Lexchin: Now I’m not gonna deny that some of the time when people ask for a drug, that turns out to be the right one for them, but I think that far more often what you’re going to see is you’re going to find that doctors are using up the time that they have with patients to tell them why a product that they’re requesting isn’t necessary. That they’re going to have to explain why the doctors think that another particular drug or no drug at all is really the appropriate treatment for the patient.

Pence: Among all the controversies, cost is the AMA’s biggest complaint. They say that all those commercials shift spending to expensive drugs. They say it’s a big reason prescription costs are so high. But is it true?

Shapiro: My research has actually suggested that the first point is overblown, that drug ads actually do increase prescriptions both to expensive brands and to cheap generics. And to the second question, the existing evidence has seemed to have shown that there’s no clear effect of ads on drug prices.

Pence: That’s Dr. Brad Shapiro, Assistant Professor of Marketing at the University of Chicago Booth School of Business.

Shapiro: Before somebody can actually get a drug, they have to get a prescription from a doctor. So if they’re completely convinced by a commercial that they need a particular type of drug, they have to go to the doctor and the doctor might well prescribe them something entirely different that he or she believes is more appropriate. Alternatively, between the time you watch the ad and are convinced, you might actually forget the name of the brand that you saw. So you can think about this through economic theory. One is that the advertising is actually increasing the total pie, that it’s driving more patients to the physician and causing more prescriptions, so that actually increases the incentive for each company to try to compete over these patients, so it might actually produce a little bit of downward price pressure. But secondly, the main effects that most research has found for the effect of advertising on prescriptions is that it’s pretty small, actually. So even if there were a link between ads and prices, it probably wouldn’t be that big.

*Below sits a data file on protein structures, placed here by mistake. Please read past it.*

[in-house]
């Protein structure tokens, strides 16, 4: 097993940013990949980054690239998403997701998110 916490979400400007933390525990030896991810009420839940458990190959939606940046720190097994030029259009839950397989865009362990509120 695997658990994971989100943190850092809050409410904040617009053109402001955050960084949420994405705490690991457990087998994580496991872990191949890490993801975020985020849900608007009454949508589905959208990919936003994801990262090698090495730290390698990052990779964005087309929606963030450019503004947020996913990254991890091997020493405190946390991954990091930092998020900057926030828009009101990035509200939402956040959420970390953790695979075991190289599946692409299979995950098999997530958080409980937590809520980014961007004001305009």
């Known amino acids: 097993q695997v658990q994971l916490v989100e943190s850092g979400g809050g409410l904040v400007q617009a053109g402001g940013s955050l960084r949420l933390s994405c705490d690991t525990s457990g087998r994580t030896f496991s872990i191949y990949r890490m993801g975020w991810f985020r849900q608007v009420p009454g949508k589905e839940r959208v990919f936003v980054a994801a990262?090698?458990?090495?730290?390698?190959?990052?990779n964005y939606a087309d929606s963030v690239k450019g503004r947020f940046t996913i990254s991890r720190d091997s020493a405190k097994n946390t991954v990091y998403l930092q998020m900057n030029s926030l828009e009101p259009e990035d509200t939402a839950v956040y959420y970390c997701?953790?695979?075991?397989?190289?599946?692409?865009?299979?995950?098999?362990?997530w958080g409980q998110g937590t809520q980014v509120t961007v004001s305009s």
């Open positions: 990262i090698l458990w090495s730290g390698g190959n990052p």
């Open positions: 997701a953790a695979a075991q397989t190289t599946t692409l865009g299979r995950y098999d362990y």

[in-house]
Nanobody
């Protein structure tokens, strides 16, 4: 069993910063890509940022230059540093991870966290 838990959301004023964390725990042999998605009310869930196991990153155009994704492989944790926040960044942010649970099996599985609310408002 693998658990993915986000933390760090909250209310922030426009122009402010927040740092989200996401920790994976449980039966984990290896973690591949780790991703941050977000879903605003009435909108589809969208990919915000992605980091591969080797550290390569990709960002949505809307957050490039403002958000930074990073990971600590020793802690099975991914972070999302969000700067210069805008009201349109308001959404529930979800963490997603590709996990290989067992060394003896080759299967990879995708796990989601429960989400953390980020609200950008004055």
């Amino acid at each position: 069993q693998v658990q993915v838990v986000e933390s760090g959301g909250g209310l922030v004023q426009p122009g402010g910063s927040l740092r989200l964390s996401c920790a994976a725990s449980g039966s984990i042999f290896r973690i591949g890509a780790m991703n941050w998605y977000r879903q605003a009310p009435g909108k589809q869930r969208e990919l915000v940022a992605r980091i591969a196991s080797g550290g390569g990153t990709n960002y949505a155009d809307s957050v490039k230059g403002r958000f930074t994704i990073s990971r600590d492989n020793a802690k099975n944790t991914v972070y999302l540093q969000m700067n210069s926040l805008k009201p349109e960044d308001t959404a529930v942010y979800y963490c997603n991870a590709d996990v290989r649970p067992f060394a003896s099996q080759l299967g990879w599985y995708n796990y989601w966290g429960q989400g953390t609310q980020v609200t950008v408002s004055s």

Pence: Despite all the alleged negatives–and the lobbying muscle of the AMA– Shapiro says direct to consumer ads probably won’t be going anywhere. Kamp, a former constitutional law professor, says a ban would be unconstitutional. Other experts say the FDA could more heavily regulate advertising. But in the years since DTC ads mushroomed, the staff to do that has been reduced. So the deluge of confusing drug ads is likely to continue.

You can find out more about all of our guests on our website, radiohealthjournal.net, where you can also find archives of our programs. They’re also available on iTunes and Stitcher.

I’m Reed Pence.